Before delving into screens, we needed to understand the entire flow for both prototypes. We spent a long time mapping out the features of both interfaces. The product’s dual-sided nature added some complexity to the architecture. We envisioned scenarios and tested our map against them, to check for snags. Image After conducting such comprehensive planning and concept testing, we were able to rapidly build out the screens. It was immensely satisfying put together a working prototype in such a short timeframe. On the parent side, we utilised many of the iOS design guidelines. We implemented the standard bottom navigation to differentiate the different sections of the app. We wanted to ensure that all important options were easily accessible. Parents don’t have time to navigate through complex information structures. They need to be able to access grades, messages and posts from teachers and we positioned them accordingly. We used these tried and tested design patterns to give them instant access to the vital information.On the teacher side we used modern design patterns. A message drawer on the right hand side of the screen gave teachers easy access to communications with colleagues and parents. We structured the class overview in a similar manner to how a physical classroom would be laid out, with the name and the photo of each student easily visible. This resonated hugely with teachers during our concept testing.


User testing

We put our working prototype in front of both teachers and parents using in-person and remote testing. Our initial tests validated one of our main concerns about the vocabulary and information hierarchy used. Some terminology we used was unsuitable or wasn’t a common pedagogical term. We also realized that it would be logical to see the child’s teachers alongside the teacher feedback, rather than on the initial home screen. We iterated rapidly between tests to make the most of our restrictive schedule. Beyond quantitative usability metrics, we wanted to understand how our users felt about the product. This helped us to make iterations and improve some of the organisation and interactions. After multiple tests we had arrived at a viable final prototype.

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Future considerations

We wanted to add more features, more robust settings and differentiation between the two interfaces. We wanted to ensure that both sides matched the mental model of respective users. Teacher feedback needed to be more prominent on the parent side. On the teacher side, there was a risk of posts being pushed to the wrong audience We changed the interaction to eliminate this risk. Users would have to check a box to include the parent rather than to exclude them. The messaging sidebar was completely overlooked in several tests. We decided to increase its visibility. Student grading and lesson plans were something that teachers felt was missing as well. This taught us to not always take user input at face value in the research phase. On the teacher side we had discussed expanding the functionality of our product. To gain widespread traction we would need to add some new sections. Areas of particular interest to explore included assignments and grading. The utility of a mobile application to compliment the web tool is also something we had considered. On the parent side I would like to include more personalisation, particularly for parents with multiple children. To be truly accessible I think it would be necessary to integrate language and translation options. A huge percentage of americans speak Spanish as a first language and the app could alienate them in its current state. We might consider a potential redesign of the bottom navigation, but this would require intensive testing.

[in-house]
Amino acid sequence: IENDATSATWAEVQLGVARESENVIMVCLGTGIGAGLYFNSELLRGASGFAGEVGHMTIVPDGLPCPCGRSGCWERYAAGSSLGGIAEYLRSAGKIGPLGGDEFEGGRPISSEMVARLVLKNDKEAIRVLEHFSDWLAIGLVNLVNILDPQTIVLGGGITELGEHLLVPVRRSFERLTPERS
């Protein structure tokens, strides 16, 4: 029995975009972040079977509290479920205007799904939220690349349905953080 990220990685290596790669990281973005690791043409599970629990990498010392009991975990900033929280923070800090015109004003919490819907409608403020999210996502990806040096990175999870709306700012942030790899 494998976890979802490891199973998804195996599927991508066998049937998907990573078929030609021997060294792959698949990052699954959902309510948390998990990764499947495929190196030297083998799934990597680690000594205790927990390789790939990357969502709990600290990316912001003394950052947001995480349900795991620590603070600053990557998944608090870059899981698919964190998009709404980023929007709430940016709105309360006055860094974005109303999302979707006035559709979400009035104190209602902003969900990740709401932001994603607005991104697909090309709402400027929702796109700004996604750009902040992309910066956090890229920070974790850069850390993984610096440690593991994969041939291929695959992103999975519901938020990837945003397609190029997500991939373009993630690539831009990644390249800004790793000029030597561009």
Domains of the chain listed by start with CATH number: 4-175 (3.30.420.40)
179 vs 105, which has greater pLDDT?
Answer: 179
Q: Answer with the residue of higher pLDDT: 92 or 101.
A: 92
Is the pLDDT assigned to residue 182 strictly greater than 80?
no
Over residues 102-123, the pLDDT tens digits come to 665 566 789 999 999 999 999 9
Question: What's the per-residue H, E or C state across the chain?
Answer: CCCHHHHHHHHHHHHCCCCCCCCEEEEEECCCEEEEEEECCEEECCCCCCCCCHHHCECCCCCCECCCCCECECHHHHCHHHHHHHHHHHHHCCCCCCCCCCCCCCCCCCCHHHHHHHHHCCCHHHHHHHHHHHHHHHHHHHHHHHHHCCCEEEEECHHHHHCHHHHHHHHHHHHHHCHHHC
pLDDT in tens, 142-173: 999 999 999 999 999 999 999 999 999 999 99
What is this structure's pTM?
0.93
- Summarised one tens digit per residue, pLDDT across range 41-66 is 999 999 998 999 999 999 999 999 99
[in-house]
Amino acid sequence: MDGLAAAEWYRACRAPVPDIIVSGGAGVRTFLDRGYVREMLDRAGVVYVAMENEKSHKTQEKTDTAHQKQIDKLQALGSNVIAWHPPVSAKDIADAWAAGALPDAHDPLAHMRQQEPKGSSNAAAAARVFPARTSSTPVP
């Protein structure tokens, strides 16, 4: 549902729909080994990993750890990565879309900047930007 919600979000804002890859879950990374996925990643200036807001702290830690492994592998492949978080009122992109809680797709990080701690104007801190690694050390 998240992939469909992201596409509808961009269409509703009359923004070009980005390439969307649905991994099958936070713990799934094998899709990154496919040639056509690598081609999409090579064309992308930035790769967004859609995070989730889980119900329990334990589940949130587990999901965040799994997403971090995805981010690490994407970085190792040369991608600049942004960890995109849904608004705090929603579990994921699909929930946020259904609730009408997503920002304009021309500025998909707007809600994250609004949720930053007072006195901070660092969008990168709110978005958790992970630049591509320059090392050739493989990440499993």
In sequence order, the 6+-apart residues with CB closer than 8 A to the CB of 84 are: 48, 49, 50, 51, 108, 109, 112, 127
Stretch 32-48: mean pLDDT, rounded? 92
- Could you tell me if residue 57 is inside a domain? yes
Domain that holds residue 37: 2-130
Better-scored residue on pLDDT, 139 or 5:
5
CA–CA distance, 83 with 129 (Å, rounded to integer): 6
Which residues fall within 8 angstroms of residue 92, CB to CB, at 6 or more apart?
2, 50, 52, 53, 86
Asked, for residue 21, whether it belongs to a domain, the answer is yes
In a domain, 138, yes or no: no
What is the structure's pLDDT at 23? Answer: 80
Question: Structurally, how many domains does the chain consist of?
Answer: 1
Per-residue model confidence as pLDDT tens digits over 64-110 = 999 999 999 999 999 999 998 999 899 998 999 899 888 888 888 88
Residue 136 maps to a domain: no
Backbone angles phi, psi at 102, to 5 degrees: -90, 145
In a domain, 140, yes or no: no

Final thoughts

Overall I was really proud of what we achieved during the four week scope of this project. Considering we had never worked together, and we were all from different professional backgrounds, we gelled well as a team. The product integrated a broad feature set. We were careful to stay true to our research throughout. We achieved almost everything set out in the brief. Our student log and messaging features allowed for a measurable improvement in student achievement and parental involvement. We had a whole section to capture student’s academic performance. The messaging feature aimed to increase involvement in performance in extracurricular activities. Our project got selected as the best in the cohort by the panel of expert judges. It will be taken on to the next level by a UI team in the upcoming cohort. I look forward to checking in with them and offering advice to any user experience questions they may have during their project.


I enjoyed the exposure to both desktop and mobile interfaces on the same project. By designing for mobile we could reach a wider audience which our design principles helped us achieve. It was an interesting contrast working with strict mobile design guidelines as well as more liberal desktop web patterns. Although we diverged I think we could have possibly gone wider. In the end we had a solid concept but perhaps we played it a bit safe. My short experience as a teacher definitely helped to link up some missing pieces during the process. I think it would have been a helpful tool to have in school to keep track of so many different classes. I also feel that being able to empathise with teachers and knowing the struggles they constantly face made them more comfortable to share their truthful experiences from the classroom.